- Brain Awareness Week
Molecular and cellular mechanisms of pain transmission and neurodegeneration.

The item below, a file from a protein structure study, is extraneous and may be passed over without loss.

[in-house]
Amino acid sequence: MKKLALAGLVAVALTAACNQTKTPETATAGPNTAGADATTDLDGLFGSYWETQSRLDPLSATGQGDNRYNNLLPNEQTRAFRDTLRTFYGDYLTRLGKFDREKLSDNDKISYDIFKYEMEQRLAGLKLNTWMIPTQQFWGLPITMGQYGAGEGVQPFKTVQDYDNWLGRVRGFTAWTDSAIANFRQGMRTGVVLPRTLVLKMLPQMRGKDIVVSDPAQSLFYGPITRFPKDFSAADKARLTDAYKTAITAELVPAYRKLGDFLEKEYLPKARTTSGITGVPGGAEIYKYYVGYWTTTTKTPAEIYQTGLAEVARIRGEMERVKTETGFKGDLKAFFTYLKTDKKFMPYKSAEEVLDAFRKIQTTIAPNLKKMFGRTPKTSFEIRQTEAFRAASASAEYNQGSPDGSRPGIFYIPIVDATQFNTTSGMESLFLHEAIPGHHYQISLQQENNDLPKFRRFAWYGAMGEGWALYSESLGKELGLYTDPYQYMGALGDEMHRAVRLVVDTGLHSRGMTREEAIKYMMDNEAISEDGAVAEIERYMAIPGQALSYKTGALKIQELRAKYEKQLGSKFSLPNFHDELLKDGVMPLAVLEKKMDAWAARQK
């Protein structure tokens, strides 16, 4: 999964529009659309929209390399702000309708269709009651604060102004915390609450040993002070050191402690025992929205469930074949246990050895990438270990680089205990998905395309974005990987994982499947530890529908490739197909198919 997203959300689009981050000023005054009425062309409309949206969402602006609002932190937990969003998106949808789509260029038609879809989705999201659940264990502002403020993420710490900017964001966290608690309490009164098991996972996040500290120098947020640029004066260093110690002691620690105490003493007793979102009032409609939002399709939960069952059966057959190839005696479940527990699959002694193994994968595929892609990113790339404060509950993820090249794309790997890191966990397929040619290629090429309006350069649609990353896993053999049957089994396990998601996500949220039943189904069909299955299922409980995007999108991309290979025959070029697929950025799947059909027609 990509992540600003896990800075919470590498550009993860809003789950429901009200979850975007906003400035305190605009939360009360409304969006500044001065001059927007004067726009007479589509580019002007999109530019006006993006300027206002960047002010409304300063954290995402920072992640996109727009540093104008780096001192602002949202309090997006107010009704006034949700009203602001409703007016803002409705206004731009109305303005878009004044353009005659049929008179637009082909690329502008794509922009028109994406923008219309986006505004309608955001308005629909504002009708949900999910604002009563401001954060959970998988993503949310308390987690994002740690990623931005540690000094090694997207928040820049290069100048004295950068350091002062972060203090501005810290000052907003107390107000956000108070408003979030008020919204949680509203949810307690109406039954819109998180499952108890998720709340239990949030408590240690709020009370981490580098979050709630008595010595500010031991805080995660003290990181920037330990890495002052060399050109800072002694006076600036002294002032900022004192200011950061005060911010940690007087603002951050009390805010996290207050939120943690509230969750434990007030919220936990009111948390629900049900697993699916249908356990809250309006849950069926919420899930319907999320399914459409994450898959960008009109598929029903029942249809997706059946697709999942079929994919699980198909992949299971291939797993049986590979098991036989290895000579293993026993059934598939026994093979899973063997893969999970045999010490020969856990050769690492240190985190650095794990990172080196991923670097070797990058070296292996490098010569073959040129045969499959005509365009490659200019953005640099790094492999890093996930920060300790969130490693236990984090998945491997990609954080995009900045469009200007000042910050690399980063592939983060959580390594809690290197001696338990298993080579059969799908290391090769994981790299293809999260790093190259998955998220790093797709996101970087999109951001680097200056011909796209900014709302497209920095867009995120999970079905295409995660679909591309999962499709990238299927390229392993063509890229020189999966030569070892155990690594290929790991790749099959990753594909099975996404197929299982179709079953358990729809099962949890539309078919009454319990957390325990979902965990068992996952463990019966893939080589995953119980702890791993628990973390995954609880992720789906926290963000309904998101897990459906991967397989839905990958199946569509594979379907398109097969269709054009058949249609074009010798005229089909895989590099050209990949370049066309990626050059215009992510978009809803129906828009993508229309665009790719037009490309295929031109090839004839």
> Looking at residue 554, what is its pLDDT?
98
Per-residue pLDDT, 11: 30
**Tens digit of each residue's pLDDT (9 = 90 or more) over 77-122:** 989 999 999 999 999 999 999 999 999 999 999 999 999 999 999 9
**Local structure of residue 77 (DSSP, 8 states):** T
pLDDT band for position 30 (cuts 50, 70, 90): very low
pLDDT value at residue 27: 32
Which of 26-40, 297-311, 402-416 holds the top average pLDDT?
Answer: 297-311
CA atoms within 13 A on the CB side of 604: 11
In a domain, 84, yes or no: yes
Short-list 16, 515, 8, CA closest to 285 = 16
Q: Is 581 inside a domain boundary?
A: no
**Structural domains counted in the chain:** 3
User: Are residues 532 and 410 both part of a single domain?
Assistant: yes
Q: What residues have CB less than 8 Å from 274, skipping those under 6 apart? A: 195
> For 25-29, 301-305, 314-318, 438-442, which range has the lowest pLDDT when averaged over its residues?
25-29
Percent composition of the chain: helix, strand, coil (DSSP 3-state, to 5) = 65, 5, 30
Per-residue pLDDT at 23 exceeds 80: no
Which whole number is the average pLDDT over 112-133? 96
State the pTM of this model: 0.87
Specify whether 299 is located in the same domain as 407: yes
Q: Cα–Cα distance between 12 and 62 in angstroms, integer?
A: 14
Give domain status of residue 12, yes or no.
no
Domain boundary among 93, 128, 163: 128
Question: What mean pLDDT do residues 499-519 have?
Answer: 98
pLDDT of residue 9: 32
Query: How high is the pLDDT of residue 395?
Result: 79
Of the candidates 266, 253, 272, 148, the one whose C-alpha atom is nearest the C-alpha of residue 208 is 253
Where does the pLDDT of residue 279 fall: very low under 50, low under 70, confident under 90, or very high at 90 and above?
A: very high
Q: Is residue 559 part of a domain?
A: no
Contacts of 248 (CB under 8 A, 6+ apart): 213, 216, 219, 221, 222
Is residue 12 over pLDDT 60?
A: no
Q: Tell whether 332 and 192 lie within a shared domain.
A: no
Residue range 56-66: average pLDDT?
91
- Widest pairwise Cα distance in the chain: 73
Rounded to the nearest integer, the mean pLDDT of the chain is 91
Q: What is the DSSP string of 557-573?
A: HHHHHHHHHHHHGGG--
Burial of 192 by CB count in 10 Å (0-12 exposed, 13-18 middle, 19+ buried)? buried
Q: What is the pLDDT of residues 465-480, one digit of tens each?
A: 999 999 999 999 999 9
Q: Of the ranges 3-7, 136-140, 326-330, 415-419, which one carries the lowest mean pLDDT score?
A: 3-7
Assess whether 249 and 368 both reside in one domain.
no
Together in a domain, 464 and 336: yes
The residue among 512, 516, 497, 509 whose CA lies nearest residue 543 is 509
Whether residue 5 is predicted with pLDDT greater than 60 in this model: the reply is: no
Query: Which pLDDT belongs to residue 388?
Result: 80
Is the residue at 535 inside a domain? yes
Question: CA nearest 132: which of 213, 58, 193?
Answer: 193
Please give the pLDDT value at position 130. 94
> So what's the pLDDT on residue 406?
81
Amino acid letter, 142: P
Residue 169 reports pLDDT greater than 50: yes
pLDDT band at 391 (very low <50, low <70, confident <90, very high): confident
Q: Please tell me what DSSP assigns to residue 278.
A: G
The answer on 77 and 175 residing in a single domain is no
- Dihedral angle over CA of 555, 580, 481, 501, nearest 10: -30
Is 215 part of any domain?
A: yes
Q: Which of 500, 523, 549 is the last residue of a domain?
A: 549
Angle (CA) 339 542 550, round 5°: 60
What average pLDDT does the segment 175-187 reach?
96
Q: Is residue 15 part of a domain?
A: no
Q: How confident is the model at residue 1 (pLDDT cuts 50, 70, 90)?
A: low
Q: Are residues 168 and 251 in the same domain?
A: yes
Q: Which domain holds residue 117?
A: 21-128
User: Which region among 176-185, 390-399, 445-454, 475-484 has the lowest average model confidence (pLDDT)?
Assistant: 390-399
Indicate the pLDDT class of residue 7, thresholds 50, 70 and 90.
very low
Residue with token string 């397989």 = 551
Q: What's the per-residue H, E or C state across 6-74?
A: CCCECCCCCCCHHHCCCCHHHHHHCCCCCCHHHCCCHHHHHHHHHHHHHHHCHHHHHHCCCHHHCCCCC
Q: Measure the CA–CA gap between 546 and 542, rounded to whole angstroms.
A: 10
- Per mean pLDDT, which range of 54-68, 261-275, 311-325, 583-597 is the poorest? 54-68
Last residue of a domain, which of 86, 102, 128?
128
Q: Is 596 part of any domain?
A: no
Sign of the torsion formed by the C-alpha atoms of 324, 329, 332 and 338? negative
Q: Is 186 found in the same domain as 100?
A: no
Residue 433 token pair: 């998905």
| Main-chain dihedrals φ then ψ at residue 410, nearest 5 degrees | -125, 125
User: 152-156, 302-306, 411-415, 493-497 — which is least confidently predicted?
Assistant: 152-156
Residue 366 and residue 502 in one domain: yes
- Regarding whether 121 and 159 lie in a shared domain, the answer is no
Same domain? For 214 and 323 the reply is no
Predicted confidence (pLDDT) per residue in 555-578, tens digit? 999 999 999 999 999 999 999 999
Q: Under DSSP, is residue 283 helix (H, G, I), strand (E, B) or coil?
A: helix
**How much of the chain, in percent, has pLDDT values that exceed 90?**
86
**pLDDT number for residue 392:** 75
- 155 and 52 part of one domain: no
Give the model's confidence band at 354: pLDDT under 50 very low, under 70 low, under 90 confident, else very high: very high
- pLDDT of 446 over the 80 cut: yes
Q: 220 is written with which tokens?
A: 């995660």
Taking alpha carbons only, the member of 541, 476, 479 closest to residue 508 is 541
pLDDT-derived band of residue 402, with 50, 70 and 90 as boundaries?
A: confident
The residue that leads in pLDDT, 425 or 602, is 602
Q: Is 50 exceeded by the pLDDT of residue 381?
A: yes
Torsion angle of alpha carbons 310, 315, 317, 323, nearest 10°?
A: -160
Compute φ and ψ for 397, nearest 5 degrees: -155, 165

Research in my laboratory is focused on the Ca2+-dependent regulation of neuronal function in the context of pain signaling, synaptic plasticity and neuronal survival. Ca2+ is a ubiquitous second messenger that controls numerous neuronal functions. Combining the properties of a signaling molecule and an ion that rapidly moves across the plasma membrane during excitation, Ca2+ enables coupling between electrical activity and intracellular signaling events. Multiple Ca2+ targets within neurons differ in their Ca2+ affinity, subcellular distribution and sensitivity to the duration of [Ca2+]i elevation. Accordingly, distinct Ca2+-mediated neuronal responses are encoded and determined by the amplitude, subcellular localization and the length of Ca2+ signal. We are using molecular and genetic approaches combined with patch-clamp recordings and fluorescent microscopy to better understand how Ca2+ signals are generated in the neuronal somata, presynaptic boutons and postsynaptic dendritic spines, and how specific patterns of Ca2+ transients regulate synaptic plasticity, gene expression, excitability of pain-conducting neurons and neuronal survival.. We also use behavioral animal models to further explore in vivo the functional significance of the described processes. Research in my laboratory is supported by three NIH R01 grants: NS054614 (PI: Usachev), NS035563 (PI: Hell; Co-PI: Usachev) and NS056244 (PI: Strack; Co-PI: Usachev).